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Leflunomide Metabolite

Leflunomide (Arava®) is a drug used in the treatment of rheumatoid arthritis. It acts by preventing the body from producing the antibodies responsible for symptoms of the disease (inflammation, edema, stiffness, joint pain). Leflunomide is a prodrug, a drug that is administered in an inactive form that must be converted into an active metabolite by the liver. This active metabolite is present in the blood for a long period of time (half-life greater than 2 weeks), and significant levels of metabolite can be measured up to 2 years after the treatment is stopped. This test measures levels of active Lefunomide metabolite in the blood, and results are expressed in micrograms of metabolite per millilitre of blood (µg/mL).

Metabolite levels between 50 and 100 µg/mL are associated with an adequate therapeutic response in many patients, but individual variations are frequent. Given the long half-life of the metabolite and its toxic effects (teratogen) on the fetus, testing is useful when pregnancy is desired. Levels below 0.02 µg/mL (repeated after 2 weeks) are desirable in both spouses and can be reached more quickly using neutralizing agents (charcoal, cholestyramine).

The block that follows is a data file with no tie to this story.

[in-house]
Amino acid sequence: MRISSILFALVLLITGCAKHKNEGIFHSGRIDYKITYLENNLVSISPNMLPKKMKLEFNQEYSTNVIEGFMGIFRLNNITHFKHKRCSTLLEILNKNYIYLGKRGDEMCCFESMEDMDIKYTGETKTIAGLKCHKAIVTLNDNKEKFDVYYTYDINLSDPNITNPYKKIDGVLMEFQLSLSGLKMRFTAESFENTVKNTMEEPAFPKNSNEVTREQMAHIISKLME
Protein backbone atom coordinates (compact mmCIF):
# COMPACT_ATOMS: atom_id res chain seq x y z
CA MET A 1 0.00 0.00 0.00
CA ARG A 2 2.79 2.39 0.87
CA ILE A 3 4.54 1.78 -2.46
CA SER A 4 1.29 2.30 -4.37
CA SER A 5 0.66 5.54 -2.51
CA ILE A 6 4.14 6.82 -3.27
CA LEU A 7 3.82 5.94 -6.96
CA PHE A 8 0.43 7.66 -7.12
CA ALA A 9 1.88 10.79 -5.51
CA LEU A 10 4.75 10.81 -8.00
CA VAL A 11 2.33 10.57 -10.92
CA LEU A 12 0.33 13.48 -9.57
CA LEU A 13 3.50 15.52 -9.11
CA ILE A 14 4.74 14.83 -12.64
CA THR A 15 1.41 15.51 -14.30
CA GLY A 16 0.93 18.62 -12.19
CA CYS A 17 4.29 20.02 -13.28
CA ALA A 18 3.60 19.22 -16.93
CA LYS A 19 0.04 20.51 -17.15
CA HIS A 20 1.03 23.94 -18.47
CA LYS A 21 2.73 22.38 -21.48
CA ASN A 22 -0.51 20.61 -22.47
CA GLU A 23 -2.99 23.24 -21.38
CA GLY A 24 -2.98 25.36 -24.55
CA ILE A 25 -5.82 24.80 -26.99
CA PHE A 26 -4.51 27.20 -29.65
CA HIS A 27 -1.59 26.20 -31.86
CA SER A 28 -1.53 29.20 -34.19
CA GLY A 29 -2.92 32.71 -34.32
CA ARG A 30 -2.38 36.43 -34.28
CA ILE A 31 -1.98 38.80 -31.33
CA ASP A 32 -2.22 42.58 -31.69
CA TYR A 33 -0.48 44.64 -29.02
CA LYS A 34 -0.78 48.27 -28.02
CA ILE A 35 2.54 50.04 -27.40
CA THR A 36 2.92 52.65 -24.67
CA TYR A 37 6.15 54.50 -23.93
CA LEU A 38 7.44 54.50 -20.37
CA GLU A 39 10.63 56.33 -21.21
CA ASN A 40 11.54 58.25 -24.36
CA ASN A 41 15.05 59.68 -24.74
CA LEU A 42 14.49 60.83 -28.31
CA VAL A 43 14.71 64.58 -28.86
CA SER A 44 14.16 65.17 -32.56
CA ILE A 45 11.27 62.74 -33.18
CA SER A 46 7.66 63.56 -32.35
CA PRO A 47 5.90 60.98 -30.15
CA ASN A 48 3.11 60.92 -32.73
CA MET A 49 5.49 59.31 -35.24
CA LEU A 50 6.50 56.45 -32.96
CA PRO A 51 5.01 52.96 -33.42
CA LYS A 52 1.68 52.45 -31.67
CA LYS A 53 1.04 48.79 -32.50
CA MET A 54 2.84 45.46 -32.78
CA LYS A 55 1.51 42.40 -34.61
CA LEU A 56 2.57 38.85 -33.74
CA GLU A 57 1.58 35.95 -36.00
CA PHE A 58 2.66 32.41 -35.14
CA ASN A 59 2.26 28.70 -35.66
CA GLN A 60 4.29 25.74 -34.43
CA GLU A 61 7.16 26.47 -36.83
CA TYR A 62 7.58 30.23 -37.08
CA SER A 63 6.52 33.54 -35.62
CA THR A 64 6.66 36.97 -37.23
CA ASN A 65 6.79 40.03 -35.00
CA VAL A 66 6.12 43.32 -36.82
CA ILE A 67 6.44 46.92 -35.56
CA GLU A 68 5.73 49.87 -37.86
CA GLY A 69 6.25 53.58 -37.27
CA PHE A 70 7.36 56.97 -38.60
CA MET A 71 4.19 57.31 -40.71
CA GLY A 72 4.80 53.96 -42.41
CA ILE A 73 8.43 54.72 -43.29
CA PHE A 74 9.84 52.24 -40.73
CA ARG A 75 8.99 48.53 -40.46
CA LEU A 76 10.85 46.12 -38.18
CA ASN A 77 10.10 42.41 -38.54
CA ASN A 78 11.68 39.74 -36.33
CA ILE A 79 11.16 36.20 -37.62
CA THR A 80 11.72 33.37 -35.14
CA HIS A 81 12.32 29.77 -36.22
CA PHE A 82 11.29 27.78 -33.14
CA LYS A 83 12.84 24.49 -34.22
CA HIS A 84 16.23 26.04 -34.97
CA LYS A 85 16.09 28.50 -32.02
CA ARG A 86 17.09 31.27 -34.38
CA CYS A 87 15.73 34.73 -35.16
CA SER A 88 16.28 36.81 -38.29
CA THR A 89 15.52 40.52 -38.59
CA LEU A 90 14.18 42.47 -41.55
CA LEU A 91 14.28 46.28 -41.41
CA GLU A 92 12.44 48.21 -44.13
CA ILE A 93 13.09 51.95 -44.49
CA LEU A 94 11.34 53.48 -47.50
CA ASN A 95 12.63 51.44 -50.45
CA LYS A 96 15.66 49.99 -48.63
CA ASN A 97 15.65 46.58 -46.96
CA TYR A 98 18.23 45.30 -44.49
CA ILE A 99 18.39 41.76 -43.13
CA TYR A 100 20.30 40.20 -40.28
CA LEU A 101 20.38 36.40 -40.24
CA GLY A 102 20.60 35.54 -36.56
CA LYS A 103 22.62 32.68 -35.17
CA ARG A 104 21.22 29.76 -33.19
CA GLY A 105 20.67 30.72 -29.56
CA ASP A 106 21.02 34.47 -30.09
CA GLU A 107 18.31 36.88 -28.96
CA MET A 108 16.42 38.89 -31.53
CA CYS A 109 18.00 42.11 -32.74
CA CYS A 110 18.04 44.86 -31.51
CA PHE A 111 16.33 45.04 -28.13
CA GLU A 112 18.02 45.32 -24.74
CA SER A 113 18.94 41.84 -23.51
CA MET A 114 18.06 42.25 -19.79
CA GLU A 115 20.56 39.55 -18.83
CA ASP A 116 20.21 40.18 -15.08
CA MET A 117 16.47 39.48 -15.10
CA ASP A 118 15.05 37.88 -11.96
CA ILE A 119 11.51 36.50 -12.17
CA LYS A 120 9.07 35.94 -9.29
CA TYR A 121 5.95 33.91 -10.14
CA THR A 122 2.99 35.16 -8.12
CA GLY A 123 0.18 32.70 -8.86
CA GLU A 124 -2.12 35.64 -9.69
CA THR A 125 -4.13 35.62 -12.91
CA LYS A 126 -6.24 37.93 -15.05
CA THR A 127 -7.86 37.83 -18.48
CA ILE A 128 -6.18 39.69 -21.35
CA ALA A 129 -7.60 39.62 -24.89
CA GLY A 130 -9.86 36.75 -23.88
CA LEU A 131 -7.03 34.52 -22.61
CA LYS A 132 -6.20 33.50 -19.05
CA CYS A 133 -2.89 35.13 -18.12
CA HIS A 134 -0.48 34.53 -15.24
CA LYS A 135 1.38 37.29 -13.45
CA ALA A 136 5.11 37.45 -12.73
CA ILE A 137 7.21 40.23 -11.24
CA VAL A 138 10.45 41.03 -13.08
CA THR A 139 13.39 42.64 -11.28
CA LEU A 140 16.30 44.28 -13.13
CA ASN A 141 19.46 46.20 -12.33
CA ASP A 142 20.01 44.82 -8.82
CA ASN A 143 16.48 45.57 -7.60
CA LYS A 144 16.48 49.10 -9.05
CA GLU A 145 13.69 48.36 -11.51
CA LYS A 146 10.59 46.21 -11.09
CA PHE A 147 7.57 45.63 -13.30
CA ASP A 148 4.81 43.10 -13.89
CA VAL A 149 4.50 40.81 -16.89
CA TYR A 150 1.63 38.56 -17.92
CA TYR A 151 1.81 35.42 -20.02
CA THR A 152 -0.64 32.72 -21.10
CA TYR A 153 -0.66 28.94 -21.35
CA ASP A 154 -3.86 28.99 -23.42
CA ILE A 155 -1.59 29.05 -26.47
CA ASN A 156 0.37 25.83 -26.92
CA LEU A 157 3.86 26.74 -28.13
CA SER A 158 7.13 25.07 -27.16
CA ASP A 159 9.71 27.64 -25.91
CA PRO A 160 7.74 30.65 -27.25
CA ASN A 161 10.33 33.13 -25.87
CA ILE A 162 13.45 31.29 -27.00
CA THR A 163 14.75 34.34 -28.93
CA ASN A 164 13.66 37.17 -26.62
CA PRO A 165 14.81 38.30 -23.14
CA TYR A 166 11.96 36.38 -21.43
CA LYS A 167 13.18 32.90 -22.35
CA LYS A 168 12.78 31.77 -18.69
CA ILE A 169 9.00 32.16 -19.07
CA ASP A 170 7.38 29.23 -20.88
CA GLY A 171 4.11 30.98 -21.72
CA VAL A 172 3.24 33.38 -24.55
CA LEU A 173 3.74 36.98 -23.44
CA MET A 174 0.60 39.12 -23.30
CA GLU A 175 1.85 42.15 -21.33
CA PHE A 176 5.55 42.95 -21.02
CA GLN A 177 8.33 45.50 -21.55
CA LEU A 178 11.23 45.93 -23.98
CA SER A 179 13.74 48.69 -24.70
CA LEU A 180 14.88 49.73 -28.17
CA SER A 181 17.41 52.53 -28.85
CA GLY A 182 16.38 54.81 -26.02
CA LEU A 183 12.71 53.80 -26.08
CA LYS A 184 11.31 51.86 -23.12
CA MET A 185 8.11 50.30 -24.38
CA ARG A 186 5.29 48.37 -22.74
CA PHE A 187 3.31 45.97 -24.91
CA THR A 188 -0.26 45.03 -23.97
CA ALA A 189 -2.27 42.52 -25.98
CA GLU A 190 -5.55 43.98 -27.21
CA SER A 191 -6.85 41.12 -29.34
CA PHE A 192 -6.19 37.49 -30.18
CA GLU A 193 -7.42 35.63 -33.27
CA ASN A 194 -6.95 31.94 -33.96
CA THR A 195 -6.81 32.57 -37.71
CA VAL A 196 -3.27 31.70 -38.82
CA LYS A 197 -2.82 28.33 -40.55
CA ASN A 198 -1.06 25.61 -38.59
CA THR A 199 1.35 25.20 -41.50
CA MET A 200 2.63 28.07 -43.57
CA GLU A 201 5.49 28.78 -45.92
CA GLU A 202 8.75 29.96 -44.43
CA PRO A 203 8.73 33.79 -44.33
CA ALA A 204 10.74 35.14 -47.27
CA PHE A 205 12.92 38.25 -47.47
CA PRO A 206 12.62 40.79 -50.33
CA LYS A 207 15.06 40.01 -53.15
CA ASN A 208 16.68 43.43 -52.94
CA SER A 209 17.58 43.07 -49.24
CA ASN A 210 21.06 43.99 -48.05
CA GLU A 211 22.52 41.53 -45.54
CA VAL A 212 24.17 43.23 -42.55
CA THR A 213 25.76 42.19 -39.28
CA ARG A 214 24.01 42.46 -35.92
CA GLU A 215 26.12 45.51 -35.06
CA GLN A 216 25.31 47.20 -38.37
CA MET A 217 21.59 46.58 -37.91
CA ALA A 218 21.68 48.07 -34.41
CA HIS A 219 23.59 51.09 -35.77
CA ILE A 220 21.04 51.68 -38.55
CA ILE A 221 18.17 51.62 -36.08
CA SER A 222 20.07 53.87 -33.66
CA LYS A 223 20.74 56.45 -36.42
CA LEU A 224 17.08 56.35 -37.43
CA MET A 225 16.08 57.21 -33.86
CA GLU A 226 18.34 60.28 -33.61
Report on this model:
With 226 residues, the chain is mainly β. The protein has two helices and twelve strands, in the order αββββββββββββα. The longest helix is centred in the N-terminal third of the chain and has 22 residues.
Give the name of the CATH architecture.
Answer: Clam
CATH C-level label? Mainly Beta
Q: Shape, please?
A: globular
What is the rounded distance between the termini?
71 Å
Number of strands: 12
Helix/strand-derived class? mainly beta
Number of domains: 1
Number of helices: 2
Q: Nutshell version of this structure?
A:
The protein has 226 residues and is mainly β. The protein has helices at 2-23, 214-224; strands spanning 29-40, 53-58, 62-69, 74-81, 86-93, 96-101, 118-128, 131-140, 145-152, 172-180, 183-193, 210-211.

Term of the Week

Creatine Kinase MM (CK-MM)

CK (creatine kinase) is an enzyme (protein) found in several tissues, including muscles and the heart. Depending on the tissue, different forms of CK are present: CK-MM is primarily present in skeletal muscles, CK-MB represents 30% of CK from the heart, while CK-BB comes from the brain and smooth muscle, such as the intestinal walls. Atypical forms of CK (macro CK1 and macro CK2) can also be present. CK electrophoresis is most useful when muscular or cardiac disease does not seem to be responsible for the increased level of total CK.